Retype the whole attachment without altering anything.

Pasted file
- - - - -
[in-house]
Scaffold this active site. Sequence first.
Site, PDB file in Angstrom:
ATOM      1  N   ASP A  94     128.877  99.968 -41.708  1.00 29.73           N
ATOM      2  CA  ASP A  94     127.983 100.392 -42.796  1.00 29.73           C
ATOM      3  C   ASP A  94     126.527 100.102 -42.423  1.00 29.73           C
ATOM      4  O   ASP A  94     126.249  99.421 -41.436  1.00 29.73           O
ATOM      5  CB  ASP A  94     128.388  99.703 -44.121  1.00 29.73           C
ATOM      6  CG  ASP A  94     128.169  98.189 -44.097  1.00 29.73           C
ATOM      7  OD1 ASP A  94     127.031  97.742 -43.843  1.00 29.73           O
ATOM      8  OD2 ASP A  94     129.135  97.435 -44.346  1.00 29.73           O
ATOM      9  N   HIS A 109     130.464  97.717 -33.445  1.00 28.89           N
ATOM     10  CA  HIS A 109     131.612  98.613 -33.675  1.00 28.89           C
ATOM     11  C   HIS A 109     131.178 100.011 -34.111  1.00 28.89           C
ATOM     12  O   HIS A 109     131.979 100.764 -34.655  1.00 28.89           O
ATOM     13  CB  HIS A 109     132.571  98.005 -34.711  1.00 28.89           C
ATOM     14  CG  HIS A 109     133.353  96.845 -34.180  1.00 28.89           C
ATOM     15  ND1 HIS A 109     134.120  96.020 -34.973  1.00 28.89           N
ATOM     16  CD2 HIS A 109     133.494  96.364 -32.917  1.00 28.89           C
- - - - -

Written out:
[in-house]
Scaffold this active site. Sequence first.
Site, PDB file in Angstrom:
ATOM      1  N   ASP A  94     128.877  99.968 -41.708  1.00 29.73           N
ATOM      2  CA  ASP A  94     127.983 100.392 -42.796  1.00 29.73           C
ATOM      3  C   ASP A  94     126.527 100.102 -42.423  1.00 29.73           C
ATOM      4  O   ASP A  94     126.249  99.421 -41.436  1.00 29.73           O
ATOM      5  CB  ASP A  94     128.388  99.703 -44.121  1.00 29.73           C
ATOM      6  CG  ASP A  94     128.169  98.189 -44.097  1.00 29.73           C
ATOM      7  OD1 ASP A  94     127.031  97.742 -43.843  1.00 29.73           O
ATOM      8  OD2 ASP A  94     129.135  97.435 -44.346  1.00 29.73           O
ATOM      9  N   HIS A 109     130.464  97.717 -33.445  1.00 28.89           N
ATOM     10  CA  HIS A 109     131.612  98.613 -33.675  1.00 28.89           C
ATOM     11  C   HIS A 109     131.178 100.011 -34.111  1.00 28.89           C
ATOM     12  O   HIS A 109     131.979 100.764 -34.655  1.00 28.89           O
ATOM     13  CB  HIS A 109     132.571  98.005 -34.711  1.00 28.89           C
ATOM     14  CG  HIS A 109     133.353  96.845 -34.180  1.00 28.89           C
ATOM     15  ND1 HIS A 109     134.120  96.020 -34.973  1.00 28.89           N
ATOM     16  CD2 HIS A 109     133.494  96.364 -32.917  1.00 28.89           C